What is the female equivalent of a Bubba? There are certainly many of those populating this country. I do love the image of Roy Moore as a Bubba.
Ben, welcome to Writerbeat. Looking forward to other posts.
Pagan - I understand your concern about the timing of the allegations against Roy Moore. What I think is that a dam has burst, and everything that has been held back as not being something to discuss, has now come out into the open. This is a tsunami of sexual harassment exposures coming out, but the dirty secret is that this culture has always accepted it as we swept it under the rug. I don't think it is a conspiracy to discredit Roy Moore - it is more like the character from Network yelling "I'm mad as hell and I'm not going to take it anymore."
Edward Miessner Added Nov 14, 2017 - 5:33pm
Ben, welcome to Writerbeat. Excellent post. I think the real curse has been the blatant hypocrisy that has attended to us and our ancestors since the beginning: the extermination of the natives and enslavement of imported Africans especially. The sexual harrassment scandles coming from all sides now is a recent manifestation and exposure of this. Yet one side wants to do apologetics for their people who are caught up in scandal and it sure ain't the Left these days. Otherwise, Weinstein and Spacey would not have seen their careers destroyed by this.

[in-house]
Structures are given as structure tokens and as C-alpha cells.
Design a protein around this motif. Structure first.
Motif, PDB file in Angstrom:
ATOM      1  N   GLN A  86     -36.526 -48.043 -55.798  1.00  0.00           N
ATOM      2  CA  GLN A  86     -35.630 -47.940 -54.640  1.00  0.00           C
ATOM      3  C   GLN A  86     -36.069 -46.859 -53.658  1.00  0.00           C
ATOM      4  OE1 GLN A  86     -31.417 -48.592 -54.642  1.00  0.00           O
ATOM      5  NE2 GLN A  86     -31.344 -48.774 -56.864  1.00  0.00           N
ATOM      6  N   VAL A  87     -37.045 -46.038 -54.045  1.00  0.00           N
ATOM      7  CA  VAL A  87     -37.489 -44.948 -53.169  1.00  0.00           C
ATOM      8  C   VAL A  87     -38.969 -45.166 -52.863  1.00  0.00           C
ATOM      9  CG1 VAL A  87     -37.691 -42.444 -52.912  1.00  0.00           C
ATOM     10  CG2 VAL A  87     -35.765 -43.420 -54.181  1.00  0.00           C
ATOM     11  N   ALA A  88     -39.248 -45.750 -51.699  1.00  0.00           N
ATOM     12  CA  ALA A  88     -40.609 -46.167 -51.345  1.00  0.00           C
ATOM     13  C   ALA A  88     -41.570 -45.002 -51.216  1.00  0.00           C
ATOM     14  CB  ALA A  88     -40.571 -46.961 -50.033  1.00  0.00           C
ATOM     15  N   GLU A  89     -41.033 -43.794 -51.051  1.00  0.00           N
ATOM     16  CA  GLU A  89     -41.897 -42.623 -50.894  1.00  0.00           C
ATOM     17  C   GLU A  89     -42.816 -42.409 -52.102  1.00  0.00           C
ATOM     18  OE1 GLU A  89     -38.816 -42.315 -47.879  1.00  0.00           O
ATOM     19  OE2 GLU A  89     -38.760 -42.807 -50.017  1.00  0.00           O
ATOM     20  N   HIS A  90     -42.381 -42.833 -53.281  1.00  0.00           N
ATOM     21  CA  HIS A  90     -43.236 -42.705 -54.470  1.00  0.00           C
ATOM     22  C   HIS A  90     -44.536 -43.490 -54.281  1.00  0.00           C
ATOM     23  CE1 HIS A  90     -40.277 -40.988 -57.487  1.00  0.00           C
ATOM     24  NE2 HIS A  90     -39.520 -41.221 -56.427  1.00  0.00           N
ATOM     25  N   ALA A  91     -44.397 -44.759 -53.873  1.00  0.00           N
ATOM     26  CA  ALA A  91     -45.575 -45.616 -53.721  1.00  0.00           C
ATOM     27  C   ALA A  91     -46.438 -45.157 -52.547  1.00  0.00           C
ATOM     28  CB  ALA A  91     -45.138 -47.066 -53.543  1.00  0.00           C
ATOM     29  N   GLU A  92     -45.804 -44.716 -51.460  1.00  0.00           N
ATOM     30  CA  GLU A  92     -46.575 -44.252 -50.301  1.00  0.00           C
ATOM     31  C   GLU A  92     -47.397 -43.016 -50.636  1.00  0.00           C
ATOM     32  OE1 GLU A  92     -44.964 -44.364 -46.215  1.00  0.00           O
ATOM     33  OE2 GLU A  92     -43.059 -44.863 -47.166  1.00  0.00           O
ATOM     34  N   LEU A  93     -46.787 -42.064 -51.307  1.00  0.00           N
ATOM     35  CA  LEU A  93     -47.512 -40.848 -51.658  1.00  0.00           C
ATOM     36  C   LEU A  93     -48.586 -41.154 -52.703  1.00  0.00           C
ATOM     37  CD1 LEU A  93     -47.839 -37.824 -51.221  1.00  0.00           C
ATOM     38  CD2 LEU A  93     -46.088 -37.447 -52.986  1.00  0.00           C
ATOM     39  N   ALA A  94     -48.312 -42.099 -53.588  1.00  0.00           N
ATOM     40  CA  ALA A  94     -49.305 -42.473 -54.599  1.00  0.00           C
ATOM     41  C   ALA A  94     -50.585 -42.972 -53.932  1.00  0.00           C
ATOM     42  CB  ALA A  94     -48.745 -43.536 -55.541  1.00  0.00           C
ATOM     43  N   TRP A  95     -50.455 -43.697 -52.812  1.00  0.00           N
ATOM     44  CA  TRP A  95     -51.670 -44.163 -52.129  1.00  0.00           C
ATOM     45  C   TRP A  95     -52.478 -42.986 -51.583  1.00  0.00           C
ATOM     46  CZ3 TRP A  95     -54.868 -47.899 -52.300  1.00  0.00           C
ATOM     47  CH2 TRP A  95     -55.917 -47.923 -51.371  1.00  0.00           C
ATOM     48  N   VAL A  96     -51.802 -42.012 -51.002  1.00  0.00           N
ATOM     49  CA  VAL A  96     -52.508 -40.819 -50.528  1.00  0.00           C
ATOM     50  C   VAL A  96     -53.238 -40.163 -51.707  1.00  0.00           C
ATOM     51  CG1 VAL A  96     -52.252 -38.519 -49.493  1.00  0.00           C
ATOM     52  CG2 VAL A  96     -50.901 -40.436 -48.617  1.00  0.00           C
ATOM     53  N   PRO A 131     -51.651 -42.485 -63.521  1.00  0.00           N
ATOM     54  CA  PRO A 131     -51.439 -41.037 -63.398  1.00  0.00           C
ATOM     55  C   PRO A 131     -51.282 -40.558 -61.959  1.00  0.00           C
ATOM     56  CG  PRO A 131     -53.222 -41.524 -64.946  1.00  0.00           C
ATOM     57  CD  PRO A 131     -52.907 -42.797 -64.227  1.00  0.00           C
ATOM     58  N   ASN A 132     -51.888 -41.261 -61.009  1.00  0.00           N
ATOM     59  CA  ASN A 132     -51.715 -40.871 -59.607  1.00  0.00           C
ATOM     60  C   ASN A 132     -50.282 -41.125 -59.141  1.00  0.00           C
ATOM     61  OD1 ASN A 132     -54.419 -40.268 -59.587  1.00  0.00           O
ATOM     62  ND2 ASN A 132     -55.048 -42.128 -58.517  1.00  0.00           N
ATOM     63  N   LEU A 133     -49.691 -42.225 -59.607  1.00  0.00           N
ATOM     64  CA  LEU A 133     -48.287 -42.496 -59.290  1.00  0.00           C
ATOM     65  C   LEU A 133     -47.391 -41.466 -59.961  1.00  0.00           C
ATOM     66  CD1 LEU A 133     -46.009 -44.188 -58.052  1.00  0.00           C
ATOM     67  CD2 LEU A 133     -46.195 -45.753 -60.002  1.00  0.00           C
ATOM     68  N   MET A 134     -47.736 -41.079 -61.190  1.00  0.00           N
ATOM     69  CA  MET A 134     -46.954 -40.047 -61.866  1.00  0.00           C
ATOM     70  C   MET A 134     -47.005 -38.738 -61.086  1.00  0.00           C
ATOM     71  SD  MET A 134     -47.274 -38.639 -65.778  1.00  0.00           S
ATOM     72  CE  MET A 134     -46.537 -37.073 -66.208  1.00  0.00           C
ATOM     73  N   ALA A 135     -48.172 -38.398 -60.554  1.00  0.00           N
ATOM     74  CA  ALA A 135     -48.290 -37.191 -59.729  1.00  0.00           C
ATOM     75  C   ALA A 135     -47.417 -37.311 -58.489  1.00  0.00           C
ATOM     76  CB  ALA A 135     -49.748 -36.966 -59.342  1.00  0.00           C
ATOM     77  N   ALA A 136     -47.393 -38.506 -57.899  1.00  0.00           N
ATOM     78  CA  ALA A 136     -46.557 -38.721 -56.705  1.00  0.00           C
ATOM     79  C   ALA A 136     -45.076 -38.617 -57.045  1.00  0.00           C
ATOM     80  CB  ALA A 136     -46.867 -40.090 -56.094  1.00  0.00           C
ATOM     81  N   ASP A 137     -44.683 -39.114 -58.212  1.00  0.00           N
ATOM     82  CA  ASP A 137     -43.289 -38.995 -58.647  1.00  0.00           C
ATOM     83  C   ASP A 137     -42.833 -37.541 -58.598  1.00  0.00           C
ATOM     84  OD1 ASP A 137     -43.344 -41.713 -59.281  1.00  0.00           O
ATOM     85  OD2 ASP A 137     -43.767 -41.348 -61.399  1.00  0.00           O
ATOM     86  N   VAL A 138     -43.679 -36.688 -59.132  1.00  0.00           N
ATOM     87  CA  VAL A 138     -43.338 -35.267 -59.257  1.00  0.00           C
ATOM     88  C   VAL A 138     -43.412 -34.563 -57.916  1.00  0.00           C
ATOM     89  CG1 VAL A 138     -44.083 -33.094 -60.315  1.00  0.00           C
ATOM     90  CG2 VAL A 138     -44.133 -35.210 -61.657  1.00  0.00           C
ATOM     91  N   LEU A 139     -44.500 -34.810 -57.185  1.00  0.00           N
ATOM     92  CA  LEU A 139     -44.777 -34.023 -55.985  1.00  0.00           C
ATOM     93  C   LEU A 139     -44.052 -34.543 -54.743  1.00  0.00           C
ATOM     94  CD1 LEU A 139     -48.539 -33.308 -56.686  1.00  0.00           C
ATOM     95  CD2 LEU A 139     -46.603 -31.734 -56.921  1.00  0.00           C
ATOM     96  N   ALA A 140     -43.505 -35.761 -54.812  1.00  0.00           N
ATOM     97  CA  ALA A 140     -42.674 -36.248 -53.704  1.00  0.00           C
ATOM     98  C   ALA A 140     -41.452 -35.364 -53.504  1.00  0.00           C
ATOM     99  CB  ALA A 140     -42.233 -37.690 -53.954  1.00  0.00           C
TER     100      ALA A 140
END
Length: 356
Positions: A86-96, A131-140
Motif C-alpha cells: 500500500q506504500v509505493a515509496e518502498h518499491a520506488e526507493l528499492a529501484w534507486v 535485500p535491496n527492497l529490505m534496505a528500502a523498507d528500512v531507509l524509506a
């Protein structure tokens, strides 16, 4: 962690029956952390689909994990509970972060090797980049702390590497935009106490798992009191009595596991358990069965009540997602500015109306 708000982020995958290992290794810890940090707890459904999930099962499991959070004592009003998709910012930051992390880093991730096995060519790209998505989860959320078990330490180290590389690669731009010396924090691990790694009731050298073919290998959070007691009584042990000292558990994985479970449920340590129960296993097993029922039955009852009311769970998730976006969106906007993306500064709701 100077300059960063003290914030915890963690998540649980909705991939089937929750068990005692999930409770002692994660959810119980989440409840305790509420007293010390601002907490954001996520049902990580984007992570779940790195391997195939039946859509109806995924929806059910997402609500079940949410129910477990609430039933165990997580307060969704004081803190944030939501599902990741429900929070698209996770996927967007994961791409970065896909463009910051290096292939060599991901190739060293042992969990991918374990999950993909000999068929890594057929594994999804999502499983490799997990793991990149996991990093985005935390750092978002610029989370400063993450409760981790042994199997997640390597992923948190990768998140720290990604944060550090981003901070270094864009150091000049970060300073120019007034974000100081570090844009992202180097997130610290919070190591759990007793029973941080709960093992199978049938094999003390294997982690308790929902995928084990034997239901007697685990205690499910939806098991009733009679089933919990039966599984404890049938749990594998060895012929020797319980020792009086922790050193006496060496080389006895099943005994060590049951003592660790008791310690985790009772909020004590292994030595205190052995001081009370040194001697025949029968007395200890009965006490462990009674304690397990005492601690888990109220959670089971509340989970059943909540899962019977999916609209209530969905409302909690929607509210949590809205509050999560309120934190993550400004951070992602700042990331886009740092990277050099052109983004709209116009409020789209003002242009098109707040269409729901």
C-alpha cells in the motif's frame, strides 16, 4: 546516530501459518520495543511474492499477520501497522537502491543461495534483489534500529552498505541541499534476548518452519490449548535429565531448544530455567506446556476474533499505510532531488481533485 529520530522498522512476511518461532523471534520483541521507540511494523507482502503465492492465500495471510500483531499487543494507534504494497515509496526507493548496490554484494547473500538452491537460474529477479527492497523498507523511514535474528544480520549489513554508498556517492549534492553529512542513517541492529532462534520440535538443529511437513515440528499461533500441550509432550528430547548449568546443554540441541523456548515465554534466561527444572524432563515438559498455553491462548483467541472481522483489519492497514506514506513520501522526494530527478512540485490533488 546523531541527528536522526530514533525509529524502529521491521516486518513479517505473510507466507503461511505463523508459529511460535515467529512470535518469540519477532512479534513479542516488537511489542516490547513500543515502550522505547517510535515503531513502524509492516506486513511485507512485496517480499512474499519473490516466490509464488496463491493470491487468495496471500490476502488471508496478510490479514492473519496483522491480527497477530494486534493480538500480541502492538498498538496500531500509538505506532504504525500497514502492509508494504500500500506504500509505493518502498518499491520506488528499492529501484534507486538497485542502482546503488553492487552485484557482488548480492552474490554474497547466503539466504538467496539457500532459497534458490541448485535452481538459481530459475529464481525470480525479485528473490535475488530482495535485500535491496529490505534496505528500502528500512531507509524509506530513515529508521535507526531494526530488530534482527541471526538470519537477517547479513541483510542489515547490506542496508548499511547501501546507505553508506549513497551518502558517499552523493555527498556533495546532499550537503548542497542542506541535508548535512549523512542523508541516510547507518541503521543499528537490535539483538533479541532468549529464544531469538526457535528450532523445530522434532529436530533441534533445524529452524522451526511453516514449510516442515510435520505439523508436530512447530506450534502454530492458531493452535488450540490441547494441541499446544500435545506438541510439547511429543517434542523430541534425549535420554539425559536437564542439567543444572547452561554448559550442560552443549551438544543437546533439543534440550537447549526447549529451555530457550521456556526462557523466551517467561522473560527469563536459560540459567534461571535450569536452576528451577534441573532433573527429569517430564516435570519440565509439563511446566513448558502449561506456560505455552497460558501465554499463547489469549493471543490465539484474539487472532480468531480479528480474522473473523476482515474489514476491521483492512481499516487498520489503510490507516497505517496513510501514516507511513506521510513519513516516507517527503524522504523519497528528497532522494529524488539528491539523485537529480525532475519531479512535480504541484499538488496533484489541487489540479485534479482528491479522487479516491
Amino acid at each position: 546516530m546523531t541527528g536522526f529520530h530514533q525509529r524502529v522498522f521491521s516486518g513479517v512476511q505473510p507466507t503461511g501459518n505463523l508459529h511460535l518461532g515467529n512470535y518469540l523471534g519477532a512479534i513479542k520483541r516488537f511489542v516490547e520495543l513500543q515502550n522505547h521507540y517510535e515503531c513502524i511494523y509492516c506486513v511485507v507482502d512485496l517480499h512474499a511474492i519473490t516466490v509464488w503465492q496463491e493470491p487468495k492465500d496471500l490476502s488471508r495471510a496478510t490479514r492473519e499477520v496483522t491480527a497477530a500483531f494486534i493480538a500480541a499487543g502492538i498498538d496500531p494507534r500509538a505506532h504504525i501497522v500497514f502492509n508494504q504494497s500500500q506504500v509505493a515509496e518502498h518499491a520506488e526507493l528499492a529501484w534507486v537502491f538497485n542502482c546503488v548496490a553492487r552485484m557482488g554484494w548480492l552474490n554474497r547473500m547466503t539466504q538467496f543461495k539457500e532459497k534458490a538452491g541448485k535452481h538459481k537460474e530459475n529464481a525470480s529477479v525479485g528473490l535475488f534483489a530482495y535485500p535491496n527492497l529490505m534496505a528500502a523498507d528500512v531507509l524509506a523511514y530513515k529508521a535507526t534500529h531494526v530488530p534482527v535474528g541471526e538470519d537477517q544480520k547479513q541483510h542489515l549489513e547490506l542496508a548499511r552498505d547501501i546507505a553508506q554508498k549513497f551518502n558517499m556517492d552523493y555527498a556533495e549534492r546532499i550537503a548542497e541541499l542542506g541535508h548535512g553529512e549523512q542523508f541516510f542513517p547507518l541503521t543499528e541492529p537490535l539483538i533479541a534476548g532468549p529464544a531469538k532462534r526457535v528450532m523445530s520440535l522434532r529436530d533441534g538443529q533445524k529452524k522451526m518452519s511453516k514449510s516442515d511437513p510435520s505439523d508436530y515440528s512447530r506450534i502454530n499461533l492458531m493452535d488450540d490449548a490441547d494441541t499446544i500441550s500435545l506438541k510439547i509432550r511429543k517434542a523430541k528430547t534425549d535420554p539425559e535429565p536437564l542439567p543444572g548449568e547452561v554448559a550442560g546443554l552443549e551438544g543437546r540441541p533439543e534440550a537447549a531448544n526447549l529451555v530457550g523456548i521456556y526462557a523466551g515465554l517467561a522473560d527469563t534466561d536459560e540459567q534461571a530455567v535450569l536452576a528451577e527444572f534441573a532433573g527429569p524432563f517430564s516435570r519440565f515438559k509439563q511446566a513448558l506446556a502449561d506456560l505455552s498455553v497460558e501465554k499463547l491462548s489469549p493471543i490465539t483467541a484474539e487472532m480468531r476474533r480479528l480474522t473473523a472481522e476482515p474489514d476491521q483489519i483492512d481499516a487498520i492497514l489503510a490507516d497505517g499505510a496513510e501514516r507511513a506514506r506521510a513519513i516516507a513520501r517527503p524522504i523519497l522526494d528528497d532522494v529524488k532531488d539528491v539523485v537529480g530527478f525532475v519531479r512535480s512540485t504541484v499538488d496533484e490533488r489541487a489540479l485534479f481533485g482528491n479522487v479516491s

PaganTeaPartier Added Nov 14, 2017 - 6:11pm
This is hardly a new smear tactic.
Plenty of confessions and corroborating accounts in Hollywood and Media, there's a world of difference between excusing behavior, and viewing completely unsubstantiated allegations with scepticism.
Both and All
Basic precept of Justice, just because someone is accused, does not make that person guilty.
Leroy Added Nov 14, 2017 - 6:25pm
"Bubba can be elected president."
He was elected president.  Remember Bill Clinton a.k.a. Bubba
Ben McCargo Added Nov 15, 2017 - 8:05am
Morning, everyone and thanks for the welcome.  To PTP:  I'm sorry if you think i was lecturing and I have nothing but love for the fathers in the beginning.  They knew about this quagmire, this lie they were creating and always tried to avoid it, make their southern compatriots see the error of their ways.  Like I said, now it seems like we no longer want to try anymore.  To hell with it, embrace your bigotry, it keeps you warm at night.  That was what I was attempting to say.  And i don't understand; the Divine Right of Kings?!  Didn't they come to America to get away from that stuff?  Thanks for commenting and be good.
George N Romey Added Nov 15, 2017 - 1:30pm
Bubbas are rich people that can buy influence, power, sex you name it. They want to think it’s not the money doing it but their personality, brains, looks, etc.
As far as our Founding Fathers, they were constrained by the ignorance of the times. Just like FDR never took the Japanese threat seriously thinking the Japanese intectually inferior and too shortsighted to shot straight. Pearl Harbor occurred because of his prejudice,
Edward Miessner Added Nov 15, 2017 - 2:48pm